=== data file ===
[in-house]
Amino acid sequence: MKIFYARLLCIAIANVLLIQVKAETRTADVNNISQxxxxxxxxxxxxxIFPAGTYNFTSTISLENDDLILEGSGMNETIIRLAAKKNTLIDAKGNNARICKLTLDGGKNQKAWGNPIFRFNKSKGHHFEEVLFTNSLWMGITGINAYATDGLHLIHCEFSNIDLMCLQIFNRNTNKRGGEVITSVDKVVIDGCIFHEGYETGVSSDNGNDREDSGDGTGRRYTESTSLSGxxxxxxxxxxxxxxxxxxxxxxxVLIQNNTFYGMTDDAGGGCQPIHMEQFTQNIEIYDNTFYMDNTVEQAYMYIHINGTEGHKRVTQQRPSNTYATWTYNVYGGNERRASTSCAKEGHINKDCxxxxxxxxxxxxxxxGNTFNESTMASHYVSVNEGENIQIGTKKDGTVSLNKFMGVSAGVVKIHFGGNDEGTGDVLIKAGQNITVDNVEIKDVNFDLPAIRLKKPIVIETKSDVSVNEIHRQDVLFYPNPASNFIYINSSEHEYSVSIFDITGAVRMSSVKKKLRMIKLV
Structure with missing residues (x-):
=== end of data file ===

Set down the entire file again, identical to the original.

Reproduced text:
[in-house]
Amino acid sequence: MKIFYARLLCIAIANVLLIQVKAETRTADVNNISQxxxxxxxxxxxxxIFPAGTYNFTSTISLENDDLILEGSGMNETIIRLAAKKNTLIDAKGNNARICKLTLDGGKNQKAWGNPIFRFNKSKGHHFEEVLFTNSLWMGITGINAYATDGLHLIHCEFSNIDLMCLQIFNRNTNKRGGEVITSVDKVVIDGCIFHEGYETGVSSDNGNDREDSGDGTGRRYTESTSLSGxxxxxxxxxxxxxxxxxxxxxxxVLIQNNTFYGMTDDAGGGCQPIHMEQFTQNIEIYDNTFYMDNTVEQAYMYIHINGTEGHKRVTQQRPSNTYATWTYNVYGGNERRASTSCAKEGHINKDCxxxxxxxxxxxxxxxGNTFNESTMASHYVSVNEGENIQIGTKKDGTVSLNKFMGVSAGVVKIHFGGNDEGTGDVLIKAGQNITVDNVEIKDVNFDLPAIRLKKPIVIETKSDVSVNEIHRQDVLFYPNPASNFIYINSSEHEYSVSIFDITGAVRMSSVKKKLRMIKLV
Structure with missing residues (x-):